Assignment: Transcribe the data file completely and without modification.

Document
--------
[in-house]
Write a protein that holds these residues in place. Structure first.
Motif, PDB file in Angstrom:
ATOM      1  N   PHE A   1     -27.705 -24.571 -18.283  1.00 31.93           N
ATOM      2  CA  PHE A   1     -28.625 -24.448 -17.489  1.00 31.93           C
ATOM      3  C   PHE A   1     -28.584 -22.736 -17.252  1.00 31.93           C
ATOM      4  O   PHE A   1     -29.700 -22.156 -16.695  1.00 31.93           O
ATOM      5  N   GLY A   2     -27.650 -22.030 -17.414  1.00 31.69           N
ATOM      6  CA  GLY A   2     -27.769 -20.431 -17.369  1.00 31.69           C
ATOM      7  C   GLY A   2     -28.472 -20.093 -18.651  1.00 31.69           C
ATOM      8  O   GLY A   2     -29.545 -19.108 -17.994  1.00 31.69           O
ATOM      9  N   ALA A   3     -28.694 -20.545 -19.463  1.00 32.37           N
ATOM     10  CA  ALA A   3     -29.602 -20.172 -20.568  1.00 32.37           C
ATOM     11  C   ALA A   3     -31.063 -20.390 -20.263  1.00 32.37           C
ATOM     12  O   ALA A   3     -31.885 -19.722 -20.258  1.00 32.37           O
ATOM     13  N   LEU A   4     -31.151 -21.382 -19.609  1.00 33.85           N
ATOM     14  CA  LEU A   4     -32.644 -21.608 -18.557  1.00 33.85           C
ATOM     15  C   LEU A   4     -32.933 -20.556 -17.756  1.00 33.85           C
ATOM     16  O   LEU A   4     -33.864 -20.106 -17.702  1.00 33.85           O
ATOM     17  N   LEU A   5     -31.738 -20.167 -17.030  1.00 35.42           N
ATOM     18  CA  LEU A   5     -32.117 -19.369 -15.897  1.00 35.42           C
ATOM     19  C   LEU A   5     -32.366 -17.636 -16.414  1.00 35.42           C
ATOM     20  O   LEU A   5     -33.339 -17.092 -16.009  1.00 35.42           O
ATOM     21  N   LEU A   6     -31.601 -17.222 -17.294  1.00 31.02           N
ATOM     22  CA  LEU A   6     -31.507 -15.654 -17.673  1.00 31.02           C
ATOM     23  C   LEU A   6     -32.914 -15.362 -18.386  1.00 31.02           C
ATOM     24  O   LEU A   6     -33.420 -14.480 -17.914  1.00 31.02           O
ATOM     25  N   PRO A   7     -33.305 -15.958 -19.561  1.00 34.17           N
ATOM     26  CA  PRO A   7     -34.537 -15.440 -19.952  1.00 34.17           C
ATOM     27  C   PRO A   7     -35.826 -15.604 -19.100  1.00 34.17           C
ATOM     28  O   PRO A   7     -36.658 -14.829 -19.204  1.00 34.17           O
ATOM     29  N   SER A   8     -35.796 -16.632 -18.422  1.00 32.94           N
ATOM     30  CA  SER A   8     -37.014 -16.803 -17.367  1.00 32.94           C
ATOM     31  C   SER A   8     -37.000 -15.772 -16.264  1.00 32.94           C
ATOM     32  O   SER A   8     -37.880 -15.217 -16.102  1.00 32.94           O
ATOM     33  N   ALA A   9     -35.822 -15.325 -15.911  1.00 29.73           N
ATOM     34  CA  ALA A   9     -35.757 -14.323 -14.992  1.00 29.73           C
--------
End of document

[in-house]
Write a protein that holds these residues in place. Structure first.
Motif, PDB file in Angstrom:
ATOM      1  N   PHE A   1     -27.705 -24.571 -18.283  1.00 31.93           N
ATOM      2  CA  PHE A   1     -28.625 -24.448 -17.489  1.00 31.93           C
ATOM      3  C   PHE A   1     -28.584 -22.736 -17.252  1.00 31.93           C
ATOM      4  O   PHE A   1     -29.700 -22.156 -16.695  1.00 31.93           O
ATOM      5  N   GLY A   2     -27.650 -22.030 -17.414  1.00 31.69           N
ATOM      6  CA  GLY A   2     -27.769 -20.431 -17.369  1.00 31.69           C
ATOM      7  C   GLY A   2     -28.472 -20.093 -18.651  1.00 31.69           C
ATOM      8  O   GLY A   2     -29.545 -19.108 -17.994  1.00 31.69           O
ATOM      9  N   ALA A   3     -28.694 -20.545 -19.463  1.00 32.37           N
ATOM     10  CA  ALA A   3     -29.602 -20.172 -20.568  1.00 32.37           C
ATOM     11  C   ALA A   3     -31.063 -20.390 -20.263  1.00 32.37           C
ATOM     12  O   ALA A   3     -31.885 -19.722 -20.258  1.00 32.37           O
ATOM     13  N   LEU A   4     -31.151 -21.382 -19.609  1.00 33.85           N
ATOM     14  CA  LEU A   4     -32.644 -21.608 -18.557  1.00 33.85           C
ATOM     15  C   LEU A   4     -32.933 -20.556 -17.756  1.00 33.85           C
ATOM     16  O   LEU A   4     -33.864 -20.106 -17.702  1.00 33.85           O
ATOM     17  N   LEU A   5     -31.738 -20.167 -17.030  1.00 35.42           N
ATOM     18  CA  LEU A   5     -32.117 -19.369 -15.897  1.00 35.42           C
ATOM     19  C   LEU A   5     -32.366 -17.636 -16.414  1.00 35.42           C
ATOM     20  O   LEU A   5     -33.339 -17.092 -16.009  1.00 35.42           O
ATOM     21  N   LEU A   6     -31.601 -17.222 -17.294  1.00 31.02           N
ATOM     22  CA  LEU A   6     -31.507 -15.654 -17.673  1.00 31.02           C
ATOM     23  C   LEU A   6     -32.914 -15.362 -18.386  1.00 31.02           C
ATOM     24  O   LEU A   6     -33.420 -14.480 -17.914  1.00 31.02           O
ATOM     25  N   PRO A   7     -33.305 -15.958 -19.561  1.00 34.17           N
ATOM     26  CA  PRO A   7     -34.537 -15.440 -19.952  1.00 34.17           C
ATOM     27  C   PRO A   7     -35.826 -15.604 -19.100  1.00 34.17           C
ATOM     28  O   PRO A   7     -36.658 -14.829 -19.204  1.00 34.17           O
ATOM     29  N   SER A   8     -35.796 -16.632 -18.422  1.00 32.94           N
ATOM     30  CA  SER A   8     -37.014 -16.803 -17.367  1.00 32.94           C
ATOM     31  C   SER A   8     -37.000 -15.772 -16.264  1.00 32.94           C
ATOM     32  O   SER A   8     -37.880 -15.217 -16.102  1.00 32.94           O
ATOM     33  N   ALA A   9     -35.822 -15.325 -15.911  1.00 29.73           N
ATOM     34  CA  ALA A   9     -35.757 -14.323 -14.992  1.00 29.73           C